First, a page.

Hairy Sphincters and Fake Audiences: Tracing Type O Negative's 'Origin of the Feces' | Revolver

Hairy Sphincters and Fake Audiences: Tracing Type O Negative's 'Origin of the Feces'

Kenny Hickey and Monte Conner remember oddball second album
Type O Negative early 90s 1600x900, Jeff Kitts
Type O Negative, circa early Nineties
photograph by Jeff Kitts

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"I can't remember the guy's name, but the truth is he doesn't want me to remember his name." This is Kenny Hickey talking about the photographer responsible for the image on the cover of Type O Negative's second album, 1992's The Origin of the Feces. As the guitarist recalls, it was all very spur of the moment.

"We're in the studio doing some photos for the record, and Peter turns to the photographer and says, 'Come here.' They go behind the baffle where Sal's drums are set up, and I hear the guy go, 'Oh my god!' Then they come out dying laughing. And the guy goes, 'You can use the photo only if you absolutely do not mention my name in the credits.'"

Thus, the extreme close-up of Steele's hairy sphincter was immortalized — and the courageous photographer remains anonymous. But the photo was just one bizarre aspect of The Origin of the Feces, which was essentially a re-recording of Type O's 1991 debut, Slow, Deep and Hard, repackaged as a fake live album.

"Peter basically wanted to redo Slow, Deep and Hard," says Monte Conner. "He was notorious for that. That's also why Bloody Kisses came out as a digipak with a different tracklisting after the original album was released. He always wanted to improve things after they were already out."

But re-recording Slow, Deep and Hard as The Origin of the Feces actually served two purposes. One was refinement of the material. "I don't believe any of the songs on Slow, Deep and Hard were played live before they were recorded," Conner observes. "When the band started playing them live, they evolved a little bit."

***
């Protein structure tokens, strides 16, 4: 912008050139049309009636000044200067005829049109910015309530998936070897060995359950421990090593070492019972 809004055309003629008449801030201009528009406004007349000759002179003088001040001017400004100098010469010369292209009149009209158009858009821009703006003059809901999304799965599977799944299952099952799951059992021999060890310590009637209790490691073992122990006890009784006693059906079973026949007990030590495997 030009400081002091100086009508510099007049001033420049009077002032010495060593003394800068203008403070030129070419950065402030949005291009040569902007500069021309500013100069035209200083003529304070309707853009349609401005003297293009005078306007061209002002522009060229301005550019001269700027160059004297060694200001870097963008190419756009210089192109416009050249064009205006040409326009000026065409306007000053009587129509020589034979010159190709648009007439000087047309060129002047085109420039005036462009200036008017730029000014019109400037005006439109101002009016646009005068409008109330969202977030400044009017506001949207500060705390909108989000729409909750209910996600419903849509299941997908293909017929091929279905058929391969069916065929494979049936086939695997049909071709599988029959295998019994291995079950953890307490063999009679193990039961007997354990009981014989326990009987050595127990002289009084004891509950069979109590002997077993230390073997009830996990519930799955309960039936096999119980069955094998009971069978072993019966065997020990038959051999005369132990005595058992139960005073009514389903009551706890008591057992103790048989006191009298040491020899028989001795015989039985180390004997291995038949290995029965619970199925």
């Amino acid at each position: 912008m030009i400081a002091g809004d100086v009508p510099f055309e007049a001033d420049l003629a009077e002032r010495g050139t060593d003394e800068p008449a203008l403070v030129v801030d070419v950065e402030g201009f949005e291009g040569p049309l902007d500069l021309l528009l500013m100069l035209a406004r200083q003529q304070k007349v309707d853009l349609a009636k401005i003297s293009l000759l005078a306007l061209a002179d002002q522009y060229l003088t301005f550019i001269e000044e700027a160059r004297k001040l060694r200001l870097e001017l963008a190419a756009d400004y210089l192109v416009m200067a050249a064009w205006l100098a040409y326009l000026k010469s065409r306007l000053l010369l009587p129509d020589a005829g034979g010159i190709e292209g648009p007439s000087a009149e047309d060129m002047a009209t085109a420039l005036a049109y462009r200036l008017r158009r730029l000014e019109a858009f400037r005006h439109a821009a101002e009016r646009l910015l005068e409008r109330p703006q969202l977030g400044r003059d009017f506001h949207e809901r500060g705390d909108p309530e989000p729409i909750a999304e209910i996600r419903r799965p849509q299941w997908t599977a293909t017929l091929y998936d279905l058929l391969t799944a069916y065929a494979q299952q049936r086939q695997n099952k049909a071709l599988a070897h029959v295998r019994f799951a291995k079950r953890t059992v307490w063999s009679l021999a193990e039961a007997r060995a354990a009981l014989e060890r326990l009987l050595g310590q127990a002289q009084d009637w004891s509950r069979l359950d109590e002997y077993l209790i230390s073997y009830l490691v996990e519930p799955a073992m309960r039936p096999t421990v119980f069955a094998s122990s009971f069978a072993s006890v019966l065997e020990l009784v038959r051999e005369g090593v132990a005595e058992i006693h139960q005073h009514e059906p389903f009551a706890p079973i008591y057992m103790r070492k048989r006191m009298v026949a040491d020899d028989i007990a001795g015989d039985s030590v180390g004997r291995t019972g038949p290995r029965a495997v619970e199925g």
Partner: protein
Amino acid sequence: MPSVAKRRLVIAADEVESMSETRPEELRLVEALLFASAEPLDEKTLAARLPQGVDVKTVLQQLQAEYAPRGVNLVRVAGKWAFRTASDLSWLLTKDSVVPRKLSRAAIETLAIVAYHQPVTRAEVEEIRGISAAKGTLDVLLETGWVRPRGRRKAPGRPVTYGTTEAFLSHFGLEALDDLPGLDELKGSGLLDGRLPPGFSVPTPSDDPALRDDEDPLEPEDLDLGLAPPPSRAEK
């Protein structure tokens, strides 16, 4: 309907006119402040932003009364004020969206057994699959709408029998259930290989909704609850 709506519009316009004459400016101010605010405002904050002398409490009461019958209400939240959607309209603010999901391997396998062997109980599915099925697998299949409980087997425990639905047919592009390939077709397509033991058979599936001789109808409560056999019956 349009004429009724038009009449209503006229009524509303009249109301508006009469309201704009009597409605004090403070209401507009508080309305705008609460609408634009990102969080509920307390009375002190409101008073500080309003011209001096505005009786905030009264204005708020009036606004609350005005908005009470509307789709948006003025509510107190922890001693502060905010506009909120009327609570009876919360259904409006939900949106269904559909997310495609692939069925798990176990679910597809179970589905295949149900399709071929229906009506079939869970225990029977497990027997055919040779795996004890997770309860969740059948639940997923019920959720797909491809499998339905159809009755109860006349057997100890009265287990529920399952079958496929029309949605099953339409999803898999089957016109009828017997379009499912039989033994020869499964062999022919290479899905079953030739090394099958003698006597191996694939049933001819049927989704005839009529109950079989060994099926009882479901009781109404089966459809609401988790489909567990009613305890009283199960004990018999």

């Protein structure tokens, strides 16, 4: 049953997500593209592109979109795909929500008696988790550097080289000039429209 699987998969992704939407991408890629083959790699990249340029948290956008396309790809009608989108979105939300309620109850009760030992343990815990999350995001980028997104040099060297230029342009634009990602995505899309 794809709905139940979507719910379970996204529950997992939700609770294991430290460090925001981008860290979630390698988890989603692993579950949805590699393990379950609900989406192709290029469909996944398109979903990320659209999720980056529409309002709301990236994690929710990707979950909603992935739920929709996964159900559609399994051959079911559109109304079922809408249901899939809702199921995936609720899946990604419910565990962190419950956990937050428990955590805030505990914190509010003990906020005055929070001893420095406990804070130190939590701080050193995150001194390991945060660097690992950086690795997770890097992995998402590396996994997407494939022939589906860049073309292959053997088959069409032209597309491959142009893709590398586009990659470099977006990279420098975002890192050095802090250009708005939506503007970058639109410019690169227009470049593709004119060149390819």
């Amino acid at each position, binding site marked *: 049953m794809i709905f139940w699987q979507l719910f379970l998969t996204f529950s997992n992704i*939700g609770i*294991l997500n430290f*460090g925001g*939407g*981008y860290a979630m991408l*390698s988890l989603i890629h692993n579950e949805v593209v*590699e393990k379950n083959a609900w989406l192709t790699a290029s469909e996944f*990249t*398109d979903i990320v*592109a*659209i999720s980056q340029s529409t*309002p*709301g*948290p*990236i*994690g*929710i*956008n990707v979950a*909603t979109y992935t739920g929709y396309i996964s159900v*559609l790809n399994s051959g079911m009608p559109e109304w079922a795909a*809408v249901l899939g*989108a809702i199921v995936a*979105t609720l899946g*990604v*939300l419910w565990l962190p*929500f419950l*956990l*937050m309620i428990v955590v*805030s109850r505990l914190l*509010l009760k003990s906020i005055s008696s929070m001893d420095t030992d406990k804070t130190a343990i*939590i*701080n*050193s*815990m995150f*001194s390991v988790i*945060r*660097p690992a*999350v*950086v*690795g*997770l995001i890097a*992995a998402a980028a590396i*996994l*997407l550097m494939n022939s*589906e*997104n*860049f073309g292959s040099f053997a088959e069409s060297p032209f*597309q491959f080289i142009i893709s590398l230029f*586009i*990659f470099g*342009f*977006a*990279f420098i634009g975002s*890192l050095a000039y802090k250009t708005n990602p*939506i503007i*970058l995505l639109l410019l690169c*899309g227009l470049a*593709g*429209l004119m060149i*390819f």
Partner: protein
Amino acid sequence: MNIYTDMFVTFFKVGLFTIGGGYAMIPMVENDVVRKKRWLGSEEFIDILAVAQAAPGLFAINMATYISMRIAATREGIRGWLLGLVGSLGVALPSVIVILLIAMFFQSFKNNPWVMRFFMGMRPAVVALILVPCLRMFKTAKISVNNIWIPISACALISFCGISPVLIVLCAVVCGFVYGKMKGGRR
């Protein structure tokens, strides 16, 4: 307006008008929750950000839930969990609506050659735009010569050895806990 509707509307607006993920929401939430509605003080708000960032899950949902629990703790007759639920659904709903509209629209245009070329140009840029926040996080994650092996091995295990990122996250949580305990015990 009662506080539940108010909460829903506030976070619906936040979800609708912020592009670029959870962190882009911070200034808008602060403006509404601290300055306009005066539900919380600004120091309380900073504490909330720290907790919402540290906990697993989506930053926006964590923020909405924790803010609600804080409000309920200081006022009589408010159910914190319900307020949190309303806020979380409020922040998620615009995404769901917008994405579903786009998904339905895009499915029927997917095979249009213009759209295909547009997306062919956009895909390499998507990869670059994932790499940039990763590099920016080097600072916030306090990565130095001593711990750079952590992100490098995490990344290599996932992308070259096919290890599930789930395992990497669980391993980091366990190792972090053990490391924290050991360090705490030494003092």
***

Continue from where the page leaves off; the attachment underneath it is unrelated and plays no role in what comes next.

The second was the sheer novelty. "What band makes a live record their second album?" Hickey asks. "Not many, right? And then it was Peter's idea to start the record with the audience chanting, 'You suck!' Again, the opposite of every live record you've ever heard, which was brilliant. And it was a canned record: Not Live at Brighton Beach."

"It's a fake audience, which is genius," Conner enthuses. "It totally fit with Peter's self-deprecating sense of humor." As did shouting down nonexistent hecklers and dodging imaginary items thrown onstage by a surly — and fictional — Coney Island crowd.

Though a brief glance at the tracklist might make it seem like a different record — or a genuine live album — Type O simply renamed the Slow, Deep and Hard songs using their own setlist shorthand. "Unsuccessfully Coping with the Natural Beauty of Infidelity" became "I Know You're Fucking Someone Else." "Xero Tolerance" became "Kill You Tonight." "Gravitational Constant: G = 6.67 × 10−8 cm−3 gm−1 sec−2," always a mouthful, became "Gravity." And "Prelude to Agony" became "Pain."

Within two years of its release, the photo of Steele's anus was replaced with a green and black manipulation of German painter and printmaker's Michael Wolgemut's 1493 woodcut, Danse Macabre. But no amount of 15th century artwork could hide the truth.

"That photographer deserves a medal," Josh Silver told me in 2011 when I interviewed him for the None More Negative box set liner notes. "And a scuba mask."